Transporting equipment also proved challenging because of the remoteness of the site locations. A typical solar station can span more than 120 acres and thus ensuring the equipment got to the right location at the right time proved to be a logistical challenge. Cupertino Electric also worked hard to minimize the amount of lost time the workers spent walking or driving from one part of the site to the next as work progressed.
Each site also was unique because of the shape of the property, soil conditions, natural slope of the property, endangered species and various ground cover, each of which required an engineering response to address. During construction, PG&E’s contractors worked to minimize the amount of dust and air emissions generated during the construction process to satisfy adjacent farming interests and local air district requirements.
As the time approached to back feed energy for the first time, the contractor worked closely with PG&E to ensure the required communications and metering equipment were installed, certified and ready for the new station to interconnect to the grid in time for the start of commissioning activities. This work also included all required communications system (SCADA) upgrades to the PG&E operations control center for monitoring and control of the new stations. Concurrently, fillings were made with CAL-ISO to gain approval to tie into the grid for the first time. This required following all CAL-ISO and PG&E procedures to ensure submittals were submitted in timely manner and the content was correct for approval to tie onto the grid.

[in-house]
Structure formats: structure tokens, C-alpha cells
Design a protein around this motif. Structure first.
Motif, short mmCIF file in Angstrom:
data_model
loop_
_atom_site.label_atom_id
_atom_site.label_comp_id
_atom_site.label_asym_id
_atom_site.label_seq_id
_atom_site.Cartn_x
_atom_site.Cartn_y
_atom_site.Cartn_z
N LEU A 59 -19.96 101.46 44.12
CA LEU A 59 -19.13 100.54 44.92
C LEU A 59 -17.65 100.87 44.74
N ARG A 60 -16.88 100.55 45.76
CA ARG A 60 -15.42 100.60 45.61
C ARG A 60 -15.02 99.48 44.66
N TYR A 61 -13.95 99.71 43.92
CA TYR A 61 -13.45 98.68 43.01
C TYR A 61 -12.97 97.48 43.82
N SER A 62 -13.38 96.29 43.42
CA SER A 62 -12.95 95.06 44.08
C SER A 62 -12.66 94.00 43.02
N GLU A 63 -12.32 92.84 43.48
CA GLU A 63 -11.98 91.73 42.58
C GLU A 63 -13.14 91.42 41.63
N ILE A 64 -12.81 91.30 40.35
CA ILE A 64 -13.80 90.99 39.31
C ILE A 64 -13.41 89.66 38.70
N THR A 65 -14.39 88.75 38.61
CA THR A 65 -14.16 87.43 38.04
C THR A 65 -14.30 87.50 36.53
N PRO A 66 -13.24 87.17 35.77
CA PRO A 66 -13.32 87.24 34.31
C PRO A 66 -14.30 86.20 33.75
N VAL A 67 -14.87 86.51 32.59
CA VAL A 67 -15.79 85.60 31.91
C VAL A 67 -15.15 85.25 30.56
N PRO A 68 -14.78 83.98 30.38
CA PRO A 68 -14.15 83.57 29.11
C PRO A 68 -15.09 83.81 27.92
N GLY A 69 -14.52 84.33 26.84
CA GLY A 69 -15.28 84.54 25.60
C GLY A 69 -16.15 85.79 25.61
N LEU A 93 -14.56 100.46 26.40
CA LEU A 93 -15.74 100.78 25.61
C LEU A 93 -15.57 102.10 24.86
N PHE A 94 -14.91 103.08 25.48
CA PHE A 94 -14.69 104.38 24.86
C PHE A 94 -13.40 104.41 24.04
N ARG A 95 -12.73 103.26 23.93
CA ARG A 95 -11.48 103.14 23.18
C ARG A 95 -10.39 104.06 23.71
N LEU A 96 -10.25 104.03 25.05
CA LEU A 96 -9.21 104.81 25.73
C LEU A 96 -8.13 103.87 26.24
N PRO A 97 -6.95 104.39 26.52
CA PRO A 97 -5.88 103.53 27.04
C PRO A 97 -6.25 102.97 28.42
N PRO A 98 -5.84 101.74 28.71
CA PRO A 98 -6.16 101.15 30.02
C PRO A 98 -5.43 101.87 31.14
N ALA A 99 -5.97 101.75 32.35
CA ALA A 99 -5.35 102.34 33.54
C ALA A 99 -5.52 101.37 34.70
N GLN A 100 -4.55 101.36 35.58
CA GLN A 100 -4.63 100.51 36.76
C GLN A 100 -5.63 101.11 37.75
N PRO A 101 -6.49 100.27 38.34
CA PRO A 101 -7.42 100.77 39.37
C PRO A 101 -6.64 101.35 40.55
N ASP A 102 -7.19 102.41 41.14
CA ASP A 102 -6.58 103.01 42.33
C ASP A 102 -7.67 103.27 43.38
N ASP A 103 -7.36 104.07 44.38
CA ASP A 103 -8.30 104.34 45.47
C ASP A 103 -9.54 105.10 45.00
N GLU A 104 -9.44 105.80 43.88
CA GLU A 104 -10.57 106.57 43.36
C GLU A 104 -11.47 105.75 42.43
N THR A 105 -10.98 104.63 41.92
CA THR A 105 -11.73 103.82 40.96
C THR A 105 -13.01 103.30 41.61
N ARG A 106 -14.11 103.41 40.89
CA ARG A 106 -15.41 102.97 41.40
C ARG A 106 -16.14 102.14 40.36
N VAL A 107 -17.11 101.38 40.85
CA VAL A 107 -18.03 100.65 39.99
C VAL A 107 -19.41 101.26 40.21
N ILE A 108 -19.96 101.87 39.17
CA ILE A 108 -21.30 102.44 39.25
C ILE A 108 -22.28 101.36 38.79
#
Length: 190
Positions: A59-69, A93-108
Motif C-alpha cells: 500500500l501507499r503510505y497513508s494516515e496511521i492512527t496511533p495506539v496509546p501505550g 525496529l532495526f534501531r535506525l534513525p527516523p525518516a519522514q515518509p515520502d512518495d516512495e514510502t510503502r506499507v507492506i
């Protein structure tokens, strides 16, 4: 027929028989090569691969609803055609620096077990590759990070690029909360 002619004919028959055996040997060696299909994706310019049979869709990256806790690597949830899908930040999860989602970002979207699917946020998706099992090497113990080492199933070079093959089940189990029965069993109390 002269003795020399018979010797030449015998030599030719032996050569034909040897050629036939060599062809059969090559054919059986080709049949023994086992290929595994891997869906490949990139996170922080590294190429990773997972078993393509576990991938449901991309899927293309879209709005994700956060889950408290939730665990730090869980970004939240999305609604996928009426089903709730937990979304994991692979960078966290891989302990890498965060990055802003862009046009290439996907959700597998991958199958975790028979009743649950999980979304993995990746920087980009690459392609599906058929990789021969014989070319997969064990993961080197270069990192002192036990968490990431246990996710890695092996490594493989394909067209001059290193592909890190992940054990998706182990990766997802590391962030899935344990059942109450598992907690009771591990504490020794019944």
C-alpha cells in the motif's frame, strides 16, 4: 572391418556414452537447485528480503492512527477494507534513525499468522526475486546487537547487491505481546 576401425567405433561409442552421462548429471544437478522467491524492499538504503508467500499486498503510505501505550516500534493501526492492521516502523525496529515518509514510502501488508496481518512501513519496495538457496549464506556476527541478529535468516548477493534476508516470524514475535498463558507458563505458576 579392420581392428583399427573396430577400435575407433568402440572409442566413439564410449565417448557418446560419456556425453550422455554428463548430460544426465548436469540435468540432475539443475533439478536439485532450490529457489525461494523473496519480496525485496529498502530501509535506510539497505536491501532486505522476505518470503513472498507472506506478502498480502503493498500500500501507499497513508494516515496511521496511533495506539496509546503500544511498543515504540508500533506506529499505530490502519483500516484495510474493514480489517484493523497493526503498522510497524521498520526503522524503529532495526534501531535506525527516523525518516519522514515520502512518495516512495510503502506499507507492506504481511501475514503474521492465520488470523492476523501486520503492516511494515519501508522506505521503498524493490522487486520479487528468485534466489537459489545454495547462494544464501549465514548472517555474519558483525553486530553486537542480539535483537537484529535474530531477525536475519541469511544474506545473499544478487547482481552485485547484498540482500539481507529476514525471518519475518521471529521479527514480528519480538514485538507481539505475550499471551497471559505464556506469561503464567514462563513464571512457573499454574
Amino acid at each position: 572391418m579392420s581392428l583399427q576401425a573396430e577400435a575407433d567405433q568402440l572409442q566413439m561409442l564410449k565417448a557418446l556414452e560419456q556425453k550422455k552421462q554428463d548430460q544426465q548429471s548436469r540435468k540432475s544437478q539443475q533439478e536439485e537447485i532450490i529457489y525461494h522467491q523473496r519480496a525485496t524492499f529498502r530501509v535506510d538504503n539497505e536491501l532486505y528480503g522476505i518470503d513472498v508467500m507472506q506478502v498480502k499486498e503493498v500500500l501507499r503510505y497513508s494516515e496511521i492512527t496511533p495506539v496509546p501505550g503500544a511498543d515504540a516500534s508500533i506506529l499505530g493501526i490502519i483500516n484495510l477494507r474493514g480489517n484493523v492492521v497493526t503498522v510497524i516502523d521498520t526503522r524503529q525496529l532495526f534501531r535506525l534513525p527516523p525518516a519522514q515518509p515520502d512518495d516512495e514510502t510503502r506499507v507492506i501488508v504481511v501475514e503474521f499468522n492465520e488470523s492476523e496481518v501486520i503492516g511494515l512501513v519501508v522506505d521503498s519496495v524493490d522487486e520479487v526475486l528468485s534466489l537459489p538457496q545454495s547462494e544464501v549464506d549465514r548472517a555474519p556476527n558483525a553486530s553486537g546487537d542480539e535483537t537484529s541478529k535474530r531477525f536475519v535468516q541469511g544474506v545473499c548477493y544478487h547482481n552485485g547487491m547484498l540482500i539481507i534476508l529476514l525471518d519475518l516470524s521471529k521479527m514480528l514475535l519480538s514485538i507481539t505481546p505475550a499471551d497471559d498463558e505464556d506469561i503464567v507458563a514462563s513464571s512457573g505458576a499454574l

Relying on Solar Technicians
Once the construction teams were done and the site was declared commercial, operations and maintenance responsibilities were turned over to a select team of solar technicians. This team consists of four IBEW journeymen electricians who are responsible for preventative and corrective maintenance on all solar station equipment.
The technicians are headquartered about 20 minutes south of Fresno in Caruthers, California. They arrive at their headquarters, and in coordination with PG&E’s Fresno Operations Center, ascertain the status of the various pieces of solar station equipment.
The technicians get their individual work assignments, go over their daily safety tailboard and then dispatch to the various solar stations for their assigned work. With the advent of the new technology brought on by the Utility-Owned Photovoltaic Generation program, the solar technicians work daily with electrical voltages ranging from 24 Vdc to 1,000 Vdc
and up to 12,470 Vac. With hundreds of pieces of equipment all looking alike, driving distances averaging 30 miles between solar stations, and challenging ambient weather working conditions, the job duties are diverse and require constant vigilance.
Installing the new solar stations allows PG&E to be able to offer its customers clean, renewable solar energy. Through this multi-year program, Californians can now use this energy from the sun to help power their homes and businesses.
Cupertino Electric Inc. | www.cei.com
Elecnor | www.elecnor.us
IBEW | www.ibew.org
Pacific Gas & Electric | www.pge.com
Q-Cell | www.q-cells.us
Solon | www.solon.com